Top 5 Chopstick Etiquette Tips

Fun fact - I didn't actually know how to use chopsticks confidently before I moved to Japan. I had never really had to use them and always just fell back to a knife and fork.
Moving to Japan though was a quick crash course in learning how to use them, since a lot of places simply don't have a knife and fork option! In saying that - there's a number of etiquette considerations with chopsticks (just like there are with a knife and fork, of course!) that you need to keep in mind. Here's some of the ones I learned along the way!
image.jpg 1.59 MB

1. Do not leave your chopsticks pointing upright in your rice.


This is a big no-no! The reason it's a no-no is because having chopsticks pointing upright in a bowl of rice is the way rice is offered to the dead in Buddhist funeral practices. Doesn't really get the appetite going, does it?

2. Don't pass food back and forth from one person to another with your chopsticks.


This is something else that has associations with funeral traditions and is heavily frowned upon if you were to do it. Bones of a deceased person are passed with chopsticks in these funeral traditions, so you can see why passing food from person to person with chopsticks might get some uncomfortable looks!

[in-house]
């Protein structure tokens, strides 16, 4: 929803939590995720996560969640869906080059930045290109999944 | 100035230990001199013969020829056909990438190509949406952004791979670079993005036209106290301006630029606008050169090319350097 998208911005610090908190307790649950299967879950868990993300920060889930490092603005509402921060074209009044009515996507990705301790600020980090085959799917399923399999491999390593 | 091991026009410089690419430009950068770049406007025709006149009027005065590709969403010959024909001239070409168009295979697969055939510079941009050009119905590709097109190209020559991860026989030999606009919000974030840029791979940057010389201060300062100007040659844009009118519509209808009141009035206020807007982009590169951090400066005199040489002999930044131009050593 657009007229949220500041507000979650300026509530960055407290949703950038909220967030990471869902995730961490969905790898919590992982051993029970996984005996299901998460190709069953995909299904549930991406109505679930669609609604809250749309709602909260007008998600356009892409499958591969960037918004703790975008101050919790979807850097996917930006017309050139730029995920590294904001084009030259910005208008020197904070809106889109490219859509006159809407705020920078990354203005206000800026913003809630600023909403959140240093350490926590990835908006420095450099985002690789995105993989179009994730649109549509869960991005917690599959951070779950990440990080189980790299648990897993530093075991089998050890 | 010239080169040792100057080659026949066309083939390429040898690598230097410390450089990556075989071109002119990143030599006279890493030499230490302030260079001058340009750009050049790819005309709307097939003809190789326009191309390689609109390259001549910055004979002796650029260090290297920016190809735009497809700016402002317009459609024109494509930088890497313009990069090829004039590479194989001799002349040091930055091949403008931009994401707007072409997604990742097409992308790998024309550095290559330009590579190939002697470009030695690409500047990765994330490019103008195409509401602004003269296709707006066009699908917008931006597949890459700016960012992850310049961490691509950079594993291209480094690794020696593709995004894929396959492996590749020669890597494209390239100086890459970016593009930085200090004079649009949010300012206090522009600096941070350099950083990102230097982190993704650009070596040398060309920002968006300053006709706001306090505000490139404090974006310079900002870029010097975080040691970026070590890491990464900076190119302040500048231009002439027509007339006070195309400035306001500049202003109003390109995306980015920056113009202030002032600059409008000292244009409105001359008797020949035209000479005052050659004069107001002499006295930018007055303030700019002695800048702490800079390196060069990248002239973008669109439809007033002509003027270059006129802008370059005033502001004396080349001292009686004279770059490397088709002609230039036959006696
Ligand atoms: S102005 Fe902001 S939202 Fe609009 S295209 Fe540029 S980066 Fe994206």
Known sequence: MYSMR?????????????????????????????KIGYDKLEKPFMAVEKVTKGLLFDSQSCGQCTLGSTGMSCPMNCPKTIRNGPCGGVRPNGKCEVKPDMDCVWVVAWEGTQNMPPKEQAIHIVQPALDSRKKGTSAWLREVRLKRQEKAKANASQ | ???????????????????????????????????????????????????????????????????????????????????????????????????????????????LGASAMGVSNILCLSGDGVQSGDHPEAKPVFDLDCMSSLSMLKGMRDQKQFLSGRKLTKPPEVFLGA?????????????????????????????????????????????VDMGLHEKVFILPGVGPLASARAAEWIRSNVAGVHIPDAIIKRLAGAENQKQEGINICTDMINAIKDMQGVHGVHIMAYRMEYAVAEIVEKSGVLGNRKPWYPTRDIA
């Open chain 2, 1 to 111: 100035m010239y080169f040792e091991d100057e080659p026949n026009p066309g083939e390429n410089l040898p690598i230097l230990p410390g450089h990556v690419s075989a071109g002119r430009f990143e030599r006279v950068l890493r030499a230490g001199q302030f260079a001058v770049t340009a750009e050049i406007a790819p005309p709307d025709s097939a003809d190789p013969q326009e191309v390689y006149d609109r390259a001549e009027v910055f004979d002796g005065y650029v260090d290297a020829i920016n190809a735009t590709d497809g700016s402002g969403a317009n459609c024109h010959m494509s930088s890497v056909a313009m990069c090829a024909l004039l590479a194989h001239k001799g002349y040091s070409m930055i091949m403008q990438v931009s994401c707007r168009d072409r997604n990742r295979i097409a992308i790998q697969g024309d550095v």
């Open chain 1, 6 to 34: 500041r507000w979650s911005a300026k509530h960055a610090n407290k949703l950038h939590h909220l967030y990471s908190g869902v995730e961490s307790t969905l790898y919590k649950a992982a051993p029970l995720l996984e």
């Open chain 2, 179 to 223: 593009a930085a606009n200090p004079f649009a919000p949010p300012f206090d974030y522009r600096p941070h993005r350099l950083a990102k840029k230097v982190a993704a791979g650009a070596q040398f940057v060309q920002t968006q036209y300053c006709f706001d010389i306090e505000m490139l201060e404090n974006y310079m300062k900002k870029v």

3. If you're somewhere and you're sharing food, don't eat with your chopsticks directly off the communal plate - move the food to your own smaller plate before consuming it.


And even more courteous is to ask for an extra clean pair of chopsticks to get that food off the communal plate to bring to your smaller plate if there are no specific serving utensils present. You'd think it was uncouth if you saw someone using their personal fork that they'd just been eating with to grab food off a communal plate - same goes for chopsticks! No double dipping!

4. If you're somewhere with a chopstick holder, use it!


You'll see in the picture above that there is a chopstick rest - this was from a cooking class I went to. Added bonus: a lot of the chopstick rests are adorable and highly decorative! It's also often suggested that if you are somewhere without a chopstick rest, that you can ultimately make one yourself out of the paper wrapper that most disposable chopsticks come in.

5. Don't cross your chopsticks when they're sitting on the table not in use.


Lay them flat and parallel. Crossing them is another situation that has connotations with death, so to avoid offending anyone just bear that in mind!
Hopefully those are some tips that help you if you're unsure of some of the etiquette behind using chopsticks. There are a number of other things that are also seen as the right way of using them, but to me these 5 are key.

Happy Eating!


this is japan